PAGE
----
Russell's pic, 'Boys' the big winners in Boston
BOSTON — “Three Kings” and “Boys Don’t Cry” were the big winners at the annual meeting of the Boston Society of Film Critics, held Dec. 12 at the Lenox Hotel in Boston. They were the only multiple award winners in an afternoon of spirited balloting that saw quick consensus in most categories.
The adventure dramedy “Three Kings,” about three American soldiers trying to steal Kuwaiti gold from Iraq following the Gulf War, was named best picture, edging out “American Beauty” and “The Talented Mr. Ripley.” Director David O. Russell also got the nod, with “Ripley’s” Anthony Minghella the runner-up. The selection of best helmer was the most contentious of the day, going to four ballots.
Swank swallows competish
Hilary Swank was named best actress for “Boys Don’t Cry.” The only nominee to win in a single round of balloting, Swank plays a young woman who lives life as a man in a small Midwestern town with tragic results. Chloe Sevigny, who plays her romantic interest, was named best supporting actress, with Catherine Keener (“Being John Malkovich”) coming in second.
“Boys” director Kimberly Peirce topped “Malkovich’s” Spike Jonze for the title of best new filmmaker of the year.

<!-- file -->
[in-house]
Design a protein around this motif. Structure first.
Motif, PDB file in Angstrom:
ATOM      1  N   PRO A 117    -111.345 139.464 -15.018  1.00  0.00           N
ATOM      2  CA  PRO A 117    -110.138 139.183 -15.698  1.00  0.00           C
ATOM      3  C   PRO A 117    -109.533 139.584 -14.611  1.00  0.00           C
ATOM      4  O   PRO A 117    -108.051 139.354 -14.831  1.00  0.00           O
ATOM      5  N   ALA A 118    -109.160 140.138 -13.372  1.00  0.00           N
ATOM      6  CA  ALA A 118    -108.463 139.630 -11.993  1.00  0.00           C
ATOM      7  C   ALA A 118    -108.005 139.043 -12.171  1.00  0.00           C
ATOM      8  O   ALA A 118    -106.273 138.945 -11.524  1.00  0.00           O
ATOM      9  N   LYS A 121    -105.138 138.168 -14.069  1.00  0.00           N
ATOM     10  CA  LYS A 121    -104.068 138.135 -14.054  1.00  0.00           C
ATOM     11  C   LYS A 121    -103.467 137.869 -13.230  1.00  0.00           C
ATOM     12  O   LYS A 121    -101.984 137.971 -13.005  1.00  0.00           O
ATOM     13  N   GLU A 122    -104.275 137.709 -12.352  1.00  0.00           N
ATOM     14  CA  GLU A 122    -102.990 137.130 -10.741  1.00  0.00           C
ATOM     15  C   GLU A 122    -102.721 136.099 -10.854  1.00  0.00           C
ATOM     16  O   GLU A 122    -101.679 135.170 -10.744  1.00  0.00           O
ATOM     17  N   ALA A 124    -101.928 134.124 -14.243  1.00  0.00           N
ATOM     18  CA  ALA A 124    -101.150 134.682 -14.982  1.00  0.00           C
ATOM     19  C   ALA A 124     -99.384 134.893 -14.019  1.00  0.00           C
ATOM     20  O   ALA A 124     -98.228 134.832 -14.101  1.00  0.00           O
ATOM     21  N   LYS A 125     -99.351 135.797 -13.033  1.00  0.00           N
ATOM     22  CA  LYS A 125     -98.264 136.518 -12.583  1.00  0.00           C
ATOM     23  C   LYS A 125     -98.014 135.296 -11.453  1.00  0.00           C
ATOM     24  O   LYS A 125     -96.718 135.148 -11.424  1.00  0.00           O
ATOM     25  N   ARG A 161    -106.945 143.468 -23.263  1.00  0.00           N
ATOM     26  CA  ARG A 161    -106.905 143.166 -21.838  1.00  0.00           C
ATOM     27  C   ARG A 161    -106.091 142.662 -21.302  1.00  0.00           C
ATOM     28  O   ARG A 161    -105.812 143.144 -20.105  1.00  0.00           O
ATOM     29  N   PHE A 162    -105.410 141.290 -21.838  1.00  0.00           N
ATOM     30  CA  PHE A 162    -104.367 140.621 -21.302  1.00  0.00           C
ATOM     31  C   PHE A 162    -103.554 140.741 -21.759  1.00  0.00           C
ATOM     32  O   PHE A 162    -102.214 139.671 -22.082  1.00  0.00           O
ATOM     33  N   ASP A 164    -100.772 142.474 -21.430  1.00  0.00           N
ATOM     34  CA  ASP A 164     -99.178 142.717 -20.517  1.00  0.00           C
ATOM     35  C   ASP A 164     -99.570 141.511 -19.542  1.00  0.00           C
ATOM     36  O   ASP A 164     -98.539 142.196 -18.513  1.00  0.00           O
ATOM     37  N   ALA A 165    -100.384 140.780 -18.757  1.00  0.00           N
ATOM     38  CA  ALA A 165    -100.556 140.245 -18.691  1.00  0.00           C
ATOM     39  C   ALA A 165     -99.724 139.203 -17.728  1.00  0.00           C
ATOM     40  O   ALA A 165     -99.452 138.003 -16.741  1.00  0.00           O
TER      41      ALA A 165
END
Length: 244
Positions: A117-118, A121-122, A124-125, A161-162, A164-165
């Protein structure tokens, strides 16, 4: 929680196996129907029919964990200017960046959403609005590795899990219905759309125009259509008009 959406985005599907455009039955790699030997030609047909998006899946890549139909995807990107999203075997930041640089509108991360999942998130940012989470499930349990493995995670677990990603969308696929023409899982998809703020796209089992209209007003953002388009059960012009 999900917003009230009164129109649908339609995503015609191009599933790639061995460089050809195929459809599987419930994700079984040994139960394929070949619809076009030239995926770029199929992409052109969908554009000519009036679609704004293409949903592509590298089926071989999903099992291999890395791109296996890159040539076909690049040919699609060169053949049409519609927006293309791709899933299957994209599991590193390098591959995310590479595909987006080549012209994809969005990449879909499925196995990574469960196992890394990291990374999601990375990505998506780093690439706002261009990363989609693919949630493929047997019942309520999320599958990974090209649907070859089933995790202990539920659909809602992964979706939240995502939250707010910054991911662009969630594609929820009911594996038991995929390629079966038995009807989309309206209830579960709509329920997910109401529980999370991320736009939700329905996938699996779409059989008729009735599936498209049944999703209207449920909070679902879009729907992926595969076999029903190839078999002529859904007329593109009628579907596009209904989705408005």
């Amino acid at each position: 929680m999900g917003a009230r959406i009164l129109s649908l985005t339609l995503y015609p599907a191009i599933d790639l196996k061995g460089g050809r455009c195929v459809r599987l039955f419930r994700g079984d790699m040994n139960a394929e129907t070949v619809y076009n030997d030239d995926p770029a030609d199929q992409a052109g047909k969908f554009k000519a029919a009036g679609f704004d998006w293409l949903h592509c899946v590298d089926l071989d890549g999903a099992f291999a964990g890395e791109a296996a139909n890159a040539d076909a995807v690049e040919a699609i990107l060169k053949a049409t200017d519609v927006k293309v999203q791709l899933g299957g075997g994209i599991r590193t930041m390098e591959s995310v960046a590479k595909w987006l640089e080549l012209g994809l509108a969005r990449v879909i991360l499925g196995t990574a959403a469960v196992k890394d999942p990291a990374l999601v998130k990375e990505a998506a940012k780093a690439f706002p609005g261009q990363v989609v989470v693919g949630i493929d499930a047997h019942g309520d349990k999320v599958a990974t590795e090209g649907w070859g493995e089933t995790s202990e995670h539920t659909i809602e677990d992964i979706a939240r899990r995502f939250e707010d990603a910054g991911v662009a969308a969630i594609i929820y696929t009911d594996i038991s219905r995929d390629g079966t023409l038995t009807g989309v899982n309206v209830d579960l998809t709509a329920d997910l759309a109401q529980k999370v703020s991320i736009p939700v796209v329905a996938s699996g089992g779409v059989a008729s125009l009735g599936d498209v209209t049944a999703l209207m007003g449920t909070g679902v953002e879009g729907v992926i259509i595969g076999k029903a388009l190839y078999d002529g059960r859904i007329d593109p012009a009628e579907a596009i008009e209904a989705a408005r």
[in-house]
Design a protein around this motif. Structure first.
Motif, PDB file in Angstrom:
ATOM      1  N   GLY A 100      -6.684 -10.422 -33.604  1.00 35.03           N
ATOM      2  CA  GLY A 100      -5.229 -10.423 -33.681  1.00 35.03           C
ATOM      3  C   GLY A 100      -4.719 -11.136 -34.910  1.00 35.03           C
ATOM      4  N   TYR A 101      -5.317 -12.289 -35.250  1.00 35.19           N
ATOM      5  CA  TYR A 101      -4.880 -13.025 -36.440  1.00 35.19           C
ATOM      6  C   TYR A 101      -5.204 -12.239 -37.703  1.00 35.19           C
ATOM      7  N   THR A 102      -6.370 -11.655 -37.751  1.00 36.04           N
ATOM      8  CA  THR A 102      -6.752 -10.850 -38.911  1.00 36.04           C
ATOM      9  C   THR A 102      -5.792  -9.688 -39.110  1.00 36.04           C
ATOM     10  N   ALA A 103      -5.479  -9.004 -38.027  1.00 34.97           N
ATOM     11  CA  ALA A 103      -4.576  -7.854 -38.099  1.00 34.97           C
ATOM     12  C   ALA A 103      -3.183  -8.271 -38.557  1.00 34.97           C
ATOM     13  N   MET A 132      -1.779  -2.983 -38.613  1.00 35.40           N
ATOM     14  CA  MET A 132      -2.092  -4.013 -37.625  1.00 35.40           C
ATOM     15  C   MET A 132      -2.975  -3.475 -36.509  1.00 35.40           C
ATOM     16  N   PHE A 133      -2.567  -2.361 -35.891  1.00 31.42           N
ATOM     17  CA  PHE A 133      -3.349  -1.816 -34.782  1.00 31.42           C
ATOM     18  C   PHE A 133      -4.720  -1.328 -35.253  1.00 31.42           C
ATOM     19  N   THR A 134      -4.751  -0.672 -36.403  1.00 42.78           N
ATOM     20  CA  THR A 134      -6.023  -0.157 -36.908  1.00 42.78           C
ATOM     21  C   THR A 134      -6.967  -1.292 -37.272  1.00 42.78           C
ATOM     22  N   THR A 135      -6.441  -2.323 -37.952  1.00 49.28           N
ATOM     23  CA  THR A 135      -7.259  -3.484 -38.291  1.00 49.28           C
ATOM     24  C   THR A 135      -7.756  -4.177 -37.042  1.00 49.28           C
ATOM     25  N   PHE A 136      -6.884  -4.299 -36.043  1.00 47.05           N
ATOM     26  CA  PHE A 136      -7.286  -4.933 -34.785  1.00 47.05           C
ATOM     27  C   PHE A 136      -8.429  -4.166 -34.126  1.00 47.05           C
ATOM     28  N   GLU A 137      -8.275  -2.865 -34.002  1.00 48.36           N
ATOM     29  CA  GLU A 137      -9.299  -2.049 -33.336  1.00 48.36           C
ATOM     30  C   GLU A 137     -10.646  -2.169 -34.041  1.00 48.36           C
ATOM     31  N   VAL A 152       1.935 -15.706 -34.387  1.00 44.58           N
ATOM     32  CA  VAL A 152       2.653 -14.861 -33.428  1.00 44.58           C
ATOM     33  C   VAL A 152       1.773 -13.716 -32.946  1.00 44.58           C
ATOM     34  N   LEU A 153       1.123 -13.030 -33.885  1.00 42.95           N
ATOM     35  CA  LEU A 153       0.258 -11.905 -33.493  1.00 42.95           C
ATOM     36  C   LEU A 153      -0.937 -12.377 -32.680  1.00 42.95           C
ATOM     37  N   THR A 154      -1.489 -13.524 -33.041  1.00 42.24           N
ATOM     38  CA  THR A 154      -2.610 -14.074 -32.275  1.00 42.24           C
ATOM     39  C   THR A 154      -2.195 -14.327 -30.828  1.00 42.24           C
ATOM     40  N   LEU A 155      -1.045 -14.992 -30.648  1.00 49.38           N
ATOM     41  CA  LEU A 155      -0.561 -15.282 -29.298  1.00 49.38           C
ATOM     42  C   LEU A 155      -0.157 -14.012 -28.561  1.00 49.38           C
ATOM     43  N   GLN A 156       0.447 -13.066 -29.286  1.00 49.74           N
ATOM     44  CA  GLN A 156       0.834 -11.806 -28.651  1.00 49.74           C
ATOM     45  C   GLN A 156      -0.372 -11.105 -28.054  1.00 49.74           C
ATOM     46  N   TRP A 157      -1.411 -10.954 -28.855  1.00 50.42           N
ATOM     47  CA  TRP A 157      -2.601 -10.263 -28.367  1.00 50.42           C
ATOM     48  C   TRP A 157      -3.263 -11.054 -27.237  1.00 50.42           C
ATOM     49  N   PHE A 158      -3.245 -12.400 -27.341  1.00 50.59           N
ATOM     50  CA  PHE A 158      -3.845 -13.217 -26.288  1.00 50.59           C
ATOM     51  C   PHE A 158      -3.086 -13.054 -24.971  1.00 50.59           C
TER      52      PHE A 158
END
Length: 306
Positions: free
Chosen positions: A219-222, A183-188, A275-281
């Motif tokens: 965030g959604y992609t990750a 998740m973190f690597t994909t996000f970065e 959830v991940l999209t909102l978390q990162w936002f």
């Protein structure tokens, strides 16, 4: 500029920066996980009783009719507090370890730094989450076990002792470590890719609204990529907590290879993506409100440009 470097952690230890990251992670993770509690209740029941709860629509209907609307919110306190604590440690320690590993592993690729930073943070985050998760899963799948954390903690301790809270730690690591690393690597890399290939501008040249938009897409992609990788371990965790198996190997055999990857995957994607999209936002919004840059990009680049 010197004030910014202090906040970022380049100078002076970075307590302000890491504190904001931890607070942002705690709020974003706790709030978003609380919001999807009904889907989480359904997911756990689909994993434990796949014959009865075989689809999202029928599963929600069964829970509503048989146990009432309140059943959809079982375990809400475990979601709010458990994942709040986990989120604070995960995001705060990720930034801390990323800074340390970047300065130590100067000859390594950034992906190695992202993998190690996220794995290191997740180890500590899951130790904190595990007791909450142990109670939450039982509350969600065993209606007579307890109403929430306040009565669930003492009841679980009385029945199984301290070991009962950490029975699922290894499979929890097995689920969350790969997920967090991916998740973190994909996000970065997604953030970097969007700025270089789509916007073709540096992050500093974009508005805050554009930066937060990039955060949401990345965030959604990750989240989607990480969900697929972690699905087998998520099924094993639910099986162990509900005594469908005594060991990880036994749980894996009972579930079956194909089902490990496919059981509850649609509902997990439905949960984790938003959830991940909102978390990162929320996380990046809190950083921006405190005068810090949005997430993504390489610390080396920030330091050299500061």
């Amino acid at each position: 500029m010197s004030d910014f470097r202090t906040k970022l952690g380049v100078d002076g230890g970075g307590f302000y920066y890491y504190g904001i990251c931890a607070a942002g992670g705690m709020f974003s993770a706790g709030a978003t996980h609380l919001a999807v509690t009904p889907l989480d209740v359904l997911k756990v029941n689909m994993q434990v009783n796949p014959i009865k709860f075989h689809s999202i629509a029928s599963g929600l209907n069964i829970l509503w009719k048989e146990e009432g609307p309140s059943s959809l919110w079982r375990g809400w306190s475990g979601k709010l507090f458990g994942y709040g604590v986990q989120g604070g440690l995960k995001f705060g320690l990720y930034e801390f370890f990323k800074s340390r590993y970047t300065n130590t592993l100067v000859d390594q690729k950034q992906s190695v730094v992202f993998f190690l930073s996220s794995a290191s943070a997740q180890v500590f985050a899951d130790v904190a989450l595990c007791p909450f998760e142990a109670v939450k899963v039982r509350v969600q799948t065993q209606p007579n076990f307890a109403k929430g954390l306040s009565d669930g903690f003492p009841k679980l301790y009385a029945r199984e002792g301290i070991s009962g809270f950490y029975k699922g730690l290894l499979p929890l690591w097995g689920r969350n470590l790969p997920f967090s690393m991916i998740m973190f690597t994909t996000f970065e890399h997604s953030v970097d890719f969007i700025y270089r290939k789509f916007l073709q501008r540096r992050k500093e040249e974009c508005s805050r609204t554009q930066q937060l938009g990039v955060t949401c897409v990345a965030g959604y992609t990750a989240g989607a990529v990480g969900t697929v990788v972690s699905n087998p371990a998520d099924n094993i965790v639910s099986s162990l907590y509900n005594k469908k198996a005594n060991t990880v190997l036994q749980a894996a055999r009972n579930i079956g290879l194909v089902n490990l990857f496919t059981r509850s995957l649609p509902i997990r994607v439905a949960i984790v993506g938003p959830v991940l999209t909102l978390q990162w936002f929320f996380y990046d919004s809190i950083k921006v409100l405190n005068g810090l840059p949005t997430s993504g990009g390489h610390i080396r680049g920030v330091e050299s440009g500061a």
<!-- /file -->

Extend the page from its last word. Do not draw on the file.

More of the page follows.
Jim Carrey was named best actor for his portrayal of the late comedian Andy Kaufman in “Man on the Moon.” It was the most competitive race, with a three-way tie for the runner-up position: Kevin Spacey, (“American Beauty”) Russell Crowe (“The Insider”) and Matt Damon in (“The Talented Mr. Ripley”).
Plummer plumbs nod
Christopher Plummer, who played “60 Minutes” anchor Mike Wallace in “The Insider,” edged out Haley Joel Osment, the young boy in “The Sixth Sense,” for best supporting actor.
Charlie Kaufman’s script for “Being John Malkovich” was named best screenplay of the year, with Alexander Payne’s “Election” coming in second.
In the best foreign film category, Pedro Almodovar’s “All About My Mother” came in ahead of French pic “The Dreamlife of Angels.” The cinematography award went to Emmanuel Lubezki’s work on “Sleepy Hollow,” with John Seale’s photography on “The Talented Mr. Ripley” getting honorable mention. Best documentary went to the little-seen “Hands on a Hard Body.”